Friday, November 06, 2009

I Do Not Want To Write This Review

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Ahhh crap.

That was what went through my head about halfway through Richard Kelly's The Box. It actually made me sick to my stomach. Not the film, mind you, but the realization that he just wasn't gonna do it. Y'all know I root for Kelly - the man made Donnie Darko, for the Lord's sake! And there are big chunks of Southland Tales that I think are genius (even if I'm not convinced the movie's anything resembling "coherent," it's still ballsier and busier and more fun than most things. Ever.).

But both of those movies, besides eventual cult-status, were big honking flops. So he needed a winner here. So he got his Big-Deal Movie Star in the lead, he got the studio push (even if they did flick it through the release schedule ruthlessly for awhile there) with the commercials and the posters and the red carpet treatment. He promised a whittling down of his usual scatter-shot approach - he's going for a stream-lined story this time, he promised. Simple, to the point.

But something done gone wrong.

What I think it is is Richard Kelly appears to be a film-maker in crisis. Southland Tales - the critical drubbing, the dumped-into-no-theaters thing - it appears to have shaken him fairly deeply. You can read it in the interviews he does and it's all over the face of this movie. The Box lacks the conviction of any convictions at all. There are great ideas and moments here and there that weasel their way through the otherwise idle scenery, but nothing pops. Nothing connects. I love that Richard Kelly's got ideas just bursting out of him that he wants to throw at us, but here I just couldn't figure out what all the background noise was in service of. Scenes just happened. Things just happened. I didn't especially feel anything was connected - that anyone's actions were progressing in any kind of logical manner, even unto his own story. His own point of view. They went from point A to point M to point F to point B, all while emotionally flying from dull-eyed depression to dull-eyed confusion in a single stroke!

I do wonder if a re-edit could've helped. I know shaving a second here and a second there, constructing a rhythm to the madness, can make a huge difference. Here there was no rhythm. I'd get excited in fits and starts, realizing that the film had finally hooked me in a great scene or moment - and there are some really great creepy moments in the film - and then it would just drift off, lose me immediately. I never much felt an emotional connection with any of the characters. James Marsden is a supernaturally beautiful man (even more so in person - I stood right next to him after the screening and he freaked me the fuck out he is so pretty) so that helped, and he did what he could with the role. Frank Langella's part is far more thankless than you would expect it to be going in - he really doesn't have much to do beyond stand there disfigured behaving emotionally disconnected and tell them the rules of the game, which change every fifteen minutes.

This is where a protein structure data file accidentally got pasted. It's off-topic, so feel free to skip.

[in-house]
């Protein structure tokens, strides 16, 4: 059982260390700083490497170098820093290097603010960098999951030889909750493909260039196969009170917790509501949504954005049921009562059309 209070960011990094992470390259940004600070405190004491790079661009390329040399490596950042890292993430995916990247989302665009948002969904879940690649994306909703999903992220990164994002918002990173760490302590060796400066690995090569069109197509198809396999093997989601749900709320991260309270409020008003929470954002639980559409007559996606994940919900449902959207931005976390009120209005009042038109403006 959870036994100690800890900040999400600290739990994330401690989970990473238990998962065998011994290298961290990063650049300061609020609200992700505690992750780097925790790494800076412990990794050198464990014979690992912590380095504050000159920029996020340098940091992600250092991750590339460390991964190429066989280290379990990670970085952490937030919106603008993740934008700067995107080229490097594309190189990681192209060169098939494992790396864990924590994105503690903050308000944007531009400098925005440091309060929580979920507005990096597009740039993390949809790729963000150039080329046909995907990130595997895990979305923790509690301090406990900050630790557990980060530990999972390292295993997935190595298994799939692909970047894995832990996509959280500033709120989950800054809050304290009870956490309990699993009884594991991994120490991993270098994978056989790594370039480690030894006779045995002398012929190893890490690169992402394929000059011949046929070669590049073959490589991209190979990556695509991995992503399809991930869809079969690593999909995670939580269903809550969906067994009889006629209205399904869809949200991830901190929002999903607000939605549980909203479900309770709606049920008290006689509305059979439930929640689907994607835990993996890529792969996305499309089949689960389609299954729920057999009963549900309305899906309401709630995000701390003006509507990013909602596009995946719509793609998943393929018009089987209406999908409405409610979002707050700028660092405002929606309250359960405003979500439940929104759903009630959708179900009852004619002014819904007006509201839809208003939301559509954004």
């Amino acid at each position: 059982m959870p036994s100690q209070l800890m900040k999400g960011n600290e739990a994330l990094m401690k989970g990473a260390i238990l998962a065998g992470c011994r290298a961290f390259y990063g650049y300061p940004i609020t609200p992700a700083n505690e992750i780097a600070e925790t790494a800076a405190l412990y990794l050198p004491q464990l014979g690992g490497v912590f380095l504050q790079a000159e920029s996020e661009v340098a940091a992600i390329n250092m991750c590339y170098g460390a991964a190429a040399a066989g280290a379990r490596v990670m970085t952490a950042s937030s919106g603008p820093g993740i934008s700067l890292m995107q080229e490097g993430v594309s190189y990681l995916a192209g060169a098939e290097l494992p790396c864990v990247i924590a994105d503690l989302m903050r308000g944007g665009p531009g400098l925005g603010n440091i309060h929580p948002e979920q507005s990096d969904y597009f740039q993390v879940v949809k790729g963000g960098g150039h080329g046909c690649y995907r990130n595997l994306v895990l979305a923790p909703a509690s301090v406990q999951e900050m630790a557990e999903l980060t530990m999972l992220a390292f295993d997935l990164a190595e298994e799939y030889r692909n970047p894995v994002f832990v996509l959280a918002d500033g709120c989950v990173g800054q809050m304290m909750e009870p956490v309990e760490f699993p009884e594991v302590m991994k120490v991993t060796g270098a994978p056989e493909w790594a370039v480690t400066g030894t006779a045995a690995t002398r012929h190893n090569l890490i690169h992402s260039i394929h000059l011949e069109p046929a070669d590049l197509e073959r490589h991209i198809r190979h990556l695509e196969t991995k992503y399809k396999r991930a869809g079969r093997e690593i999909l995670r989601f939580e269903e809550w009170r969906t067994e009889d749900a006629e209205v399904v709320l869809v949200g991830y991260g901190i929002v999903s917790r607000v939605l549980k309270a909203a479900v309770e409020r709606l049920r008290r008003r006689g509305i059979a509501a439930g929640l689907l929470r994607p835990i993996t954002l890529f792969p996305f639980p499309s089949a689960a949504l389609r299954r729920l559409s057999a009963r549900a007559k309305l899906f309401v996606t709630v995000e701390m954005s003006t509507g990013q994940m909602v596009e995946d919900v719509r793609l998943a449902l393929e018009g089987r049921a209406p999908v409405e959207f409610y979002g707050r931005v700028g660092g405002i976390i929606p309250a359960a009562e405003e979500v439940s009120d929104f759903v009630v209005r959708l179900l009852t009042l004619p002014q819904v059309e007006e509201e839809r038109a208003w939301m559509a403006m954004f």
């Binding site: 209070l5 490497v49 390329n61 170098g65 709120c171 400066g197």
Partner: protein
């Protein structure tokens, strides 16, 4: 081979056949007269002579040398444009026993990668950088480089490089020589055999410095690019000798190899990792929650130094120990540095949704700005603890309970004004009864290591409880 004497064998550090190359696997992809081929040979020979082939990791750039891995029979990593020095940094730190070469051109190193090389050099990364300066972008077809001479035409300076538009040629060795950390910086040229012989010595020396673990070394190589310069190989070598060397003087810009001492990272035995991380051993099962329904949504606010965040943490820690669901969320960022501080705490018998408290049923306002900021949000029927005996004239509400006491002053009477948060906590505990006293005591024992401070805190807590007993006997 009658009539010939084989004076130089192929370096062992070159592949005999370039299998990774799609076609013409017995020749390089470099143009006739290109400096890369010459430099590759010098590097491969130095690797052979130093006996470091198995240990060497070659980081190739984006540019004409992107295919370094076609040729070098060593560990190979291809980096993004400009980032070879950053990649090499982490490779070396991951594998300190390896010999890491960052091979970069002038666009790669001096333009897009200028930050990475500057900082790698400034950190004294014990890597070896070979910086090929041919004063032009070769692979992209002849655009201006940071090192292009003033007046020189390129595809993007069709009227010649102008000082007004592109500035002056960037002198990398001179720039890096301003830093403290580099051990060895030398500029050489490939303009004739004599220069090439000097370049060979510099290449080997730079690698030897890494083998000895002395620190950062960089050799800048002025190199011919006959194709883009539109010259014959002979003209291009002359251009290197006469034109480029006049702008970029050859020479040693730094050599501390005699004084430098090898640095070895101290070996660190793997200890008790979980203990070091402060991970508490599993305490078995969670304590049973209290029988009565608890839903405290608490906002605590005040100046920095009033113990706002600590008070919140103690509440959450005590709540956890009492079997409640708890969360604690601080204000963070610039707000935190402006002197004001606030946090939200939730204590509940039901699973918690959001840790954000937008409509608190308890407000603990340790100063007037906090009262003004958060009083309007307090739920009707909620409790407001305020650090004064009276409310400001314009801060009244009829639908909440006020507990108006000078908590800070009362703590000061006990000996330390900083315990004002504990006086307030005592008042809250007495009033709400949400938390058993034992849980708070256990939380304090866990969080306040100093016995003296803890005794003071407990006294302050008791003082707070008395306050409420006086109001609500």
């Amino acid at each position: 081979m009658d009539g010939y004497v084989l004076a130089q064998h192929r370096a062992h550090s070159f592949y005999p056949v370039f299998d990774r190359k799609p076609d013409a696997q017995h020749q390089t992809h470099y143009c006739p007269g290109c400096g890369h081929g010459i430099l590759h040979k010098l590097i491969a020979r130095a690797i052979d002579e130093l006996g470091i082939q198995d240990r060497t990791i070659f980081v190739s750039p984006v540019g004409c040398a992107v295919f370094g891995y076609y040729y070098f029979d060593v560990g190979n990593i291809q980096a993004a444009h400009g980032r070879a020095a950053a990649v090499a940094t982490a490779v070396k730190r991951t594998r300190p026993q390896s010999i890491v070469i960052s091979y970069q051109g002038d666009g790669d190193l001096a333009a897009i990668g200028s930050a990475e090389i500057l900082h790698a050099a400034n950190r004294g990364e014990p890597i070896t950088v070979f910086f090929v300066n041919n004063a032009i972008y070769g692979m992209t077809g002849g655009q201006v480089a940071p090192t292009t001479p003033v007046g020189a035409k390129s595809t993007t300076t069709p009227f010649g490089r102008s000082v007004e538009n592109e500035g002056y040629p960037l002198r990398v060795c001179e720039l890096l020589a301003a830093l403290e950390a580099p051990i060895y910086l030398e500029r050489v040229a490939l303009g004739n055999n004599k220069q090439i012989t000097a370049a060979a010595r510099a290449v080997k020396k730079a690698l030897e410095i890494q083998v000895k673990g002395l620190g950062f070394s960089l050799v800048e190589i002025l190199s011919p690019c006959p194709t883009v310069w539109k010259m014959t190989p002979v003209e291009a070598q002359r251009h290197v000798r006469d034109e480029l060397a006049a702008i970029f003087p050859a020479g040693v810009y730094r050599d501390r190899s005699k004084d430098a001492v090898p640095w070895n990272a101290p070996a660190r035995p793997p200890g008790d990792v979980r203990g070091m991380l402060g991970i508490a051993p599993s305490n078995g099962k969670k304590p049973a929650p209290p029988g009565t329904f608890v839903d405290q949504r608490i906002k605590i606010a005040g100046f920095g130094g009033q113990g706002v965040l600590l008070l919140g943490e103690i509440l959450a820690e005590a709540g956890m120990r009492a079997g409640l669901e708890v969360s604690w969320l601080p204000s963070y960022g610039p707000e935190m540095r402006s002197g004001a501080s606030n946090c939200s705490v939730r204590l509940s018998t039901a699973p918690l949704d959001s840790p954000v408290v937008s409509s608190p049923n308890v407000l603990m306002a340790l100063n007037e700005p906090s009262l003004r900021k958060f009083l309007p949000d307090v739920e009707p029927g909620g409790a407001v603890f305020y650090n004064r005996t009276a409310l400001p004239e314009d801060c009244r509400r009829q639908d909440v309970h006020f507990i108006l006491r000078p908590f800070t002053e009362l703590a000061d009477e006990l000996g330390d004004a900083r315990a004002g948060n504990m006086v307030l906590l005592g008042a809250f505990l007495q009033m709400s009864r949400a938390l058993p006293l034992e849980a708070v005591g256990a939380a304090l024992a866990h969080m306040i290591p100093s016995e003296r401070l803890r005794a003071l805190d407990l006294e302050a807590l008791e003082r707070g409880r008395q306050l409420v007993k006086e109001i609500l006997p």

As for Cameron... I know that I knock Diaz now and then, but that's more her public persona than her acting prowess - I think she's been quite good in several things,. But here... hmm... she really just doesn't seem to be connecting with anything at all. I don't really like to or feel good about singling her out here, and I think due credit for her failure's gotta be laid at Kelly's feet as well, but in almost every scene I found myself stepping back and thinking to myself that she was just not convincing me of anything that was going on around her. I actually remember my mind wandering at one point off to Mary McDonnell in Donnie Darko as Donnie's mother Rose and how freaking incredible she is in that small role and how much this film would benefit from that kind of presence.

Instead, Diaz seems lost. The whole thing seems lost. And I do think that Kelly let this film get away from him, and I'm reading it as fear. He's afraid of the tangents he desperately wants to follow so he's reined himself in, but then at the same time he's got a voice and a world that he's unable to divorce himself from completely so that stuff wanders into the film and just sits there, staring, waiting for him to play with it. Instead, it just sits.

Bless the man, I want success for him, I do, really. But The Box just does not work.
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3 comments:

FDot said...

I have to agree with you here. The middle section of the film was so muddled, it was like watching a separate short film. Characters just appeared and disappeared with no explanation how they got anywhere. I think either something happened in the editing or Richard Kelly just forgot to connect the dots to the beginning and end to make it coherent.

Brian 5 said...

I'm afraid you've confirmed everything I've worried about with regard to the movie. *insert disappointed sigh*

I will say, though, that I completely concur with the fact that Mr. Marsden is supernaturally attractive. I was lucky enough to be at an event several months ago that he also attended. I looked up at least three times to notice that he was randomly within grabbing distance (and you should know that it took GREAT strength of will not to just reach out and snatch a lock of hair), and I can confirm that the man is easily fifteen times more gorgeous in person than on film. That one man should be so pretty is just wrong ...

and oh so right.

dchowe8 said...

Wrong Wrong Wrong. It was supercool and certainly not boring!

I think you're being way to hard on this film. I also think you're not being very consistent. This is by far his most coherent film.